-IE 7 will include tabbed browsing

-IE 7 will not include a new Outlook Express version

-IE 7 will be free

-IE 7 will ship for XP SP2, XP x64, and Windows Server 2003 SP1 customers only

-IE 7 will likely ship this calendar year

-IE in Windows Vista (codenamed Longhorn) will be different from standalone IE

-IE 7 will include major changes for Web developers

-IE 7 will include some interesting end user features

-IE 7 will not include ad blocking

The Good

The good news is that IE users finally get to see the Web in a more secure fashion, an easier viewing style and they’re given a more practical way to do it in. It’s got so much more functionality, increased security and a newer sleeker look, one would be quite a fool to go back to any previous release of IE.

The Bad

At present, IE7 has a problem rendering some Web pages (according to Microsoft, this is caused by the sites, which need to update their detection code for IE7). Although it has new features, many of these have been around in other browsers for quite some time now. It’s also a little slow at loading. You’re either going to love the new interface or hate the new interface, I still can’t decide myself.

The Truth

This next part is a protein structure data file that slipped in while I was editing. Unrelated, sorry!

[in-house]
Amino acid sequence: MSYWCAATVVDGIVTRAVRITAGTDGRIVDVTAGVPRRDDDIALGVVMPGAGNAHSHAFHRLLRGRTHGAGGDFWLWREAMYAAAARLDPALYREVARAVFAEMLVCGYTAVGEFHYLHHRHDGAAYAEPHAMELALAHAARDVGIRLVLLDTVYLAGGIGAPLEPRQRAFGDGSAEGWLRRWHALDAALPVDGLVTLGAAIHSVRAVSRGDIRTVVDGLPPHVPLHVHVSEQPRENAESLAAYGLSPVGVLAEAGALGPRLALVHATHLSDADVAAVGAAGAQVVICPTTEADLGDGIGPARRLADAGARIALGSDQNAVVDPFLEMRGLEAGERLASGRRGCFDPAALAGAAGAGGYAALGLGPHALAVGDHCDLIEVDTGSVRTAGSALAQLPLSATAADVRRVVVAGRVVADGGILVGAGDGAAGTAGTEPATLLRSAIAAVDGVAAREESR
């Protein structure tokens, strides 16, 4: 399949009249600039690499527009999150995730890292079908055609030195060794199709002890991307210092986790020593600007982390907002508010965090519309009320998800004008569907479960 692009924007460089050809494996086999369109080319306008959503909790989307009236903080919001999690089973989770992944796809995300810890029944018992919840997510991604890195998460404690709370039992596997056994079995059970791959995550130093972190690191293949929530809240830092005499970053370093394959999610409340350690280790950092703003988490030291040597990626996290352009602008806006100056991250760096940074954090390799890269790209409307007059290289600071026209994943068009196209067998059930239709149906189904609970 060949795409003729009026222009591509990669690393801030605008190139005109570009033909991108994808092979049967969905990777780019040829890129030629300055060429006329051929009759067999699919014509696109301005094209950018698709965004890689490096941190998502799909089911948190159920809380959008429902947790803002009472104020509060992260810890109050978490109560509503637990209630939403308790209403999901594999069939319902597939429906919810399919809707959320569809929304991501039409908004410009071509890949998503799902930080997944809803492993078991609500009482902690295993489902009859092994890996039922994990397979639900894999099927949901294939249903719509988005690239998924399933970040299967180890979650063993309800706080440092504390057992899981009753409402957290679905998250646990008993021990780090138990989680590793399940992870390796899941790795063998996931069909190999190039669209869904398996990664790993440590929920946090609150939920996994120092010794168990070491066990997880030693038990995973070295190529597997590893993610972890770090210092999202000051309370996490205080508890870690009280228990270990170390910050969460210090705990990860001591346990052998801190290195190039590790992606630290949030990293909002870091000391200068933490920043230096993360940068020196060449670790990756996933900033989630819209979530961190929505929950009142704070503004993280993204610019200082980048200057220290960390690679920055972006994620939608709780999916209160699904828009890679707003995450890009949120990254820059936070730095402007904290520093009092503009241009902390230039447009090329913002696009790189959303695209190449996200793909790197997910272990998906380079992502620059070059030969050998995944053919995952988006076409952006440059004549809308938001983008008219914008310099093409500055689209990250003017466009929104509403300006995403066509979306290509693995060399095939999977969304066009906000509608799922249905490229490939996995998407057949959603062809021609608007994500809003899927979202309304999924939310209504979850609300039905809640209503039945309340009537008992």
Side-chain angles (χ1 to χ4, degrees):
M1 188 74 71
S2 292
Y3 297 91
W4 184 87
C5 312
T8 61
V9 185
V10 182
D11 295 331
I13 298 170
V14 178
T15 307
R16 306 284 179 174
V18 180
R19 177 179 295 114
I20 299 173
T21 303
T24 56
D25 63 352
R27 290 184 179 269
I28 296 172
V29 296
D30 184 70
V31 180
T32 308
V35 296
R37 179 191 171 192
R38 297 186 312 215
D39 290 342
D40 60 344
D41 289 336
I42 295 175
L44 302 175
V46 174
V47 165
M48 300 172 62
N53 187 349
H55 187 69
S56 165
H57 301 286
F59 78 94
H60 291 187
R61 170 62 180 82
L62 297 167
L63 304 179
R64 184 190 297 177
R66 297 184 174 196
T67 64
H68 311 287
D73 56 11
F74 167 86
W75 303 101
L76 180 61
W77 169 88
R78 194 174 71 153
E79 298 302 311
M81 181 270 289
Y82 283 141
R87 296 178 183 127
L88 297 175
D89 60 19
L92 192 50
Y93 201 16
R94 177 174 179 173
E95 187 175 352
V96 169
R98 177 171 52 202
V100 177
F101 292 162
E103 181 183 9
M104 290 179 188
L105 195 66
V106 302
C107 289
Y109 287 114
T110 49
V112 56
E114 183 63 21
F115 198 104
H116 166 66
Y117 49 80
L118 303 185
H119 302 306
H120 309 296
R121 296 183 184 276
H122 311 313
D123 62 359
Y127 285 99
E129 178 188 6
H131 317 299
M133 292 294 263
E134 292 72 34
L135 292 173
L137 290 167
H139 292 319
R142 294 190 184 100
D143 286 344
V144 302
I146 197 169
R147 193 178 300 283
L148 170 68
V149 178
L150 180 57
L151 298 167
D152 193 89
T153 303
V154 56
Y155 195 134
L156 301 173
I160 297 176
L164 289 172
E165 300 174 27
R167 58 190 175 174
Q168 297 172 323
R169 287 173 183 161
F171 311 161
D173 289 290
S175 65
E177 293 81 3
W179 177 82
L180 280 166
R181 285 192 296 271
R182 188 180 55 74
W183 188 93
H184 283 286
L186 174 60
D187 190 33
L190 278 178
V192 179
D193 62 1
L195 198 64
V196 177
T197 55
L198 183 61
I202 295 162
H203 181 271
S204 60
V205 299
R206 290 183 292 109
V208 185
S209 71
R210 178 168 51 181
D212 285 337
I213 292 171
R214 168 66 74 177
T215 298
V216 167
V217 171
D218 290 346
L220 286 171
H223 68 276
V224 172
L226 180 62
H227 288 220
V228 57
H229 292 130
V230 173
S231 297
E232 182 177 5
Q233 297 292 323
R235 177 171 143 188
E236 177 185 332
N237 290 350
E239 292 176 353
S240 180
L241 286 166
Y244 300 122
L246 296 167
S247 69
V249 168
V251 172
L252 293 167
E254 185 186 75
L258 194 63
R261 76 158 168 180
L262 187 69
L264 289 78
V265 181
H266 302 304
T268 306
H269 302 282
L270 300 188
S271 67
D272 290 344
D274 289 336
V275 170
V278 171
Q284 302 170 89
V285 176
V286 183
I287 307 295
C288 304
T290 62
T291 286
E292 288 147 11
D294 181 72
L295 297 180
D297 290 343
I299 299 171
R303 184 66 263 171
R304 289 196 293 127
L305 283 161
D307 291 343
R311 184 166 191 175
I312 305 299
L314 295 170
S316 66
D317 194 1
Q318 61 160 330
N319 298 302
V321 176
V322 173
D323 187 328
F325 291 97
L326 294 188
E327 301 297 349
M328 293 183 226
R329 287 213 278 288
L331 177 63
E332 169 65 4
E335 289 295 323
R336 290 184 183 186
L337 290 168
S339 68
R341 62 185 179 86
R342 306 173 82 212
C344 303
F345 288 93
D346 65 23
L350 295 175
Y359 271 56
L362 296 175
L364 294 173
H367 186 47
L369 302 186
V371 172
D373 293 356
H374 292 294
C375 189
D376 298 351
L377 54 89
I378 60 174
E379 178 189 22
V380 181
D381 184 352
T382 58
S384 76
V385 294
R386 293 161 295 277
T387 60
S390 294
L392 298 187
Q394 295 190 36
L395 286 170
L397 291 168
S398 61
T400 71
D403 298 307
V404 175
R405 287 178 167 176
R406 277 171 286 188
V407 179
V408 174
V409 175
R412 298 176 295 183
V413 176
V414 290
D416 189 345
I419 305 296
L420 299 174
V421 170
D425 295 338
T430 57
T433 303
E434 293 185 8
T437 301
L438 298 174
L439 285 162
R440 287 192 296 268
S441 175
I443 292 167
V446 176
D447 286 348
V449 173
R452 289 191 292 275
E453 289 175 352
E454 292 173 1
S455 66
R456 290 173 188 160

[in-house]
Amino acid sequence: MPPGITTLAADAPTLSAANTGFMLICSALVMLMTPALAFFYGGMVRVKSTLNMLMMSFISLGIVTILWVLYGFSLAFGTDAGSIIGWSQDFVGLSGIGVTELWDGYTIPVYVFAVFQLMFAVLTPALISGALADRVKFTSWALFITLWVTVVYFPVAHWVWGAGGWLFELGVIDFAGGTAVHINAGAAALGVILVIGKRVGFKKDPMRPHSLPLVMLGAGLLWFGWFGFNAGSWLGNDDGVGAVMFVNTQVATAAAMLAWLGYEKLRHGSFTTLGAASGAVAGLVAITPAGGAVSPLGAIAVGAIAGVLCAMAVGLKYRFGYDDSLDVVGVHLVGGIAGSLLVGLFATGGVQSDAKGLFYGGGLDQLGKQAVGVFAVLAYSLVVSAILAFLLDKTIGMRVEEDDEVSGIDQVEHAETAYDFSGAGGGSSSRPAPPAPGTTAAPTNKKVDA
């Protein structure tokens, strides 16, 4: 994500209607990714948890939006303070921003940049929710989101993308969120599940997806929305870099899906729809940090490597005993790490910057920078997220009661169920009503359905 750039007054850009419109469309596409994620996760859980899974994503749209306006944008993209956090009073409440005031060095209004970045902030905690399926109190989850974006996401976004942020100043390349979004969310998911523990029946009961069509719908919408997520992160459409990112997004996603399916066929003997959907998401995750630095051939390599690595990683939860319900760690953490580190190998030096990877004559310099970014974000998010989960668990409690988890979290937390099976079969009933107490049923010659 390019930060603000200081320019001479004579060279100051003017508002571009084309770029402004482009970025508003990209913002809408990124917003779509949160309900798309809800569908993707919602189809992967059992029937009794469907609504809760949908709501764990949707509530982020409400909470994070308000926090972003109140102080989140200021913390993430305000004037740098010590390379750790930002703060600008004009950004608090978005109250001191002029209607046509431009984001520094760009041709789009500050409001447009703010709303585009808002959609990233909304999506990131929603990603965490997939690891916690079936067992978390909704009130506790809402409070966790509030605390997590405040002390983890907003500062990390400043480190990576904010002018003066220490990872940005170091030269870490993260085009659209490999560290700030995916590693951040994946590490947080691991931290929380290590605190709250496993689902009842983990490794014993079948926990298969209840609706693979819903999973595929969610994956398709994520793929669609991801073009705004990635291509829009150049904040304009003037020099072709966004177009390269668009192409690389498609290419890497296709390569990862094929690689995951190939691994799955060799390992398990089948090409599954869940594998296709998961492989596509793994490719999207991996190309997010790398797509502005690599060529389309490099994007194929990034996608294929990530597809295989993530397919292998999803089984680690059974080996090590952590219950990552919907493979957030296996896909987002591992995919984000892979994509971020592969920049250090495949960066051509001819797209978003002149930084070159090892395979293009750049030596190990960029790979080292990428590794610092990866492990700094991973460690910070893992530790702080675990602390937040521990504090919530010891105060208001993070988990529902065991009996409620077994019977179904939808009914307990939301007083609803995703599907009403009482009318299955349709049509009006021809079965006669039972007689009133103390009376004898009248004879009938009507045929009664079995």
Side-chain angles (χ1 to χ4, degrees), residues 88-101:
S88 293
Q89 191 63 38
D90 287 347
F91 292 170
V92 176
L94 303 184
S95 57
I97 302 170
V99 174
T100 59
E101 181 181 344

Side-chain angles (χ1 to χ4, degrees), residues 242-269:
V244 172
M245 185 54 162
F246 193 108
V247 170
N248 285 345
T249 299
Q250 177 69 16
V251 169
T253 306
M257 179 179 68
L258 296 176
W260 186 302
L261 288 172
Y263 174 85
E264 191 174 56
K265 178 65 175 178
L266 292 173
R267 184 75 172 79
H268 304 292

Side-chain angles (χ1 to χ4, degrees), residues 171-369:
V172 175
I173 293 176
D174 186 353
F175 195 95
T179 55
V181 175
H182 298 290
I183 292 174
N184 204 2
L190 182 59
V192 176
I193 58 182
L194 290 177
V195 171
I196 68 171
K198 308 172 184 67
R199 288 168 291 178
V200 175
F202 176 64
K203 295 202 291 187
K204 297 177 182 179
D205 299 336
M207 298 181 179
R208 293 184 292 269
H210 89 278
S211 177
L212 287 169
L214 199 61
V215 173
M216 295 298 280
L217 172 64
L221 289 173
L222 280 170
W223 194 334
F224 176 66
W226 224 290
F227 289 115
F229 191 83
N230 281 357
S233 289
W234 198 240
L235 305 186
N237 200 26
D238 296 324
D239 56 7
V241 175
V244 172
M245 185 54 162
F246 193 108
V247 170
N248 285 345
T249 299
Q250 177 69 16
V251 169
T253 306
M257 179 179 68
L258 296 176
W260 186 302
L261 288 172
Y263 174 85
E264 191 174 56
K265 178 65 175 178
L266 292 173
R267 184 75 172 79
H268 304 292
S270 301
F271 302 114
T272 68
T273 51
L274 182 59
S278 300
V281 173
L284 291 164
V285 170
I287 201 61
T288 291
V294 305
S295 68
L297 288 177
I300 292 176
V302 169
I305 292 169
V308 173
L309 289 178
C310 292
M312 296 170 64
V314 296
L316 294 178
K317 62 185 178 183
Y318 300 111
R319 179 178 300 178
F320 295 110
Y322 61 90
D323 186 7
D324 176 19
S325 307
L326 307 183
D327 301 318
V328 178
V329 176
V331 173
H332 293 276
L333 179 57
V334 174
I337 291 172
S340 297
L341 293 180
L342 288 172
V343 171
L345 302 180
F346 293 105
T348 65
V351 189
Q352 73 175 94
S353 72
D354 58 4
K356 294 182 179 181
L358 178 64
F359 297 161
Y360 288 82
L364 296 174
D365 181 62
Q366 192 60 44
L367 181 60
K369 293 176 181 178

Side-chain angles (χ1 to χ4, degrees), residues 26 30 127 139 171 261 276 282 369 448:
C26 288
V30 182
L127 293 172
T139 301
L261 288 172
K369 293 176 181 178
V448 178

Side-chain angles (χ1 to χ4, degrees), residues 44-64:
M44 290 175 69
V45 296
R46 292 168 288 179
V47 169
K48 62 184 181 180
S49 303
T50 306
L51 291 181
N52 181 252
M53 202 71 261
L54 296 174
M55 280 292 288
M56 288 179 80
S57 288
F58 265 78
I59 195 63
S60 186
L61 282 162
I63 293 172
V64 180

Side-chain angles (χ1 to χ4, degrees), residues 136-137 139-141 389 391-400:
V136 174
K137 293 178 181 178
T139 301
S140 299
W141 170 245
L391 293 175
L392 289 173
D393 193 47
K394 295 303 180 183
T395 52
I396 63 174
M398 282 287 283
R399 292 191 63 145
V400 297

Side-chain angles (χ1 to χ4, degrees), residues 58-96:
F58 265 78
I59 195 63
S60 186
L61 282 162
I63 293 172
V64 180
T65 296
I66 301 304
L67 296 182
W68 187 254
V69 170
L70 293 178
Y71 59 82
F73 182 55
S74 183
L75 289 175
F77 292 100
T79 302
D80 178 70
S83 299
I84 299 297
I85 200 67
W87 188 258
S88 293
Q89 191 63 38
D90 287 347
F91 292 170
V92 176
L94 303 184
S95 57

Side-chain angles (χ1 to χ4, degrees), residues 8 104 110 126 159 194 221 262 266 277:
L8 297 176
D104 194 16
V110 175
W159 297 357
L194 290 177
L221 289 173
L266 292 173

“What’s better, being a one legged man in an ass kicking contest or IE7?” I’d have to say IE7, but if I were to ask you “what’s better, IE7 or any other good Web browser?” Well, you get where I’m going with this. I do have to say that Microsoft is finally starting to catch up to the standards people had expected to see from the world’s leading software company, but it took some time. I can't say whether or not it lives up to people's expectations because it's just the Beta, but I'm not overwhelmed by what I saw... I liked the new features, but I'm not overwhelmed by them. Until the full version comes out later this year, I wouldn’t switch just yet, but if you’re truly a diehard IE fanatic, stick with the new Beta, it still has some bugs, but it’s much much better than any previous build.

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user interface 3
features 4
ease of use 4
pricing / value 5

final rating 4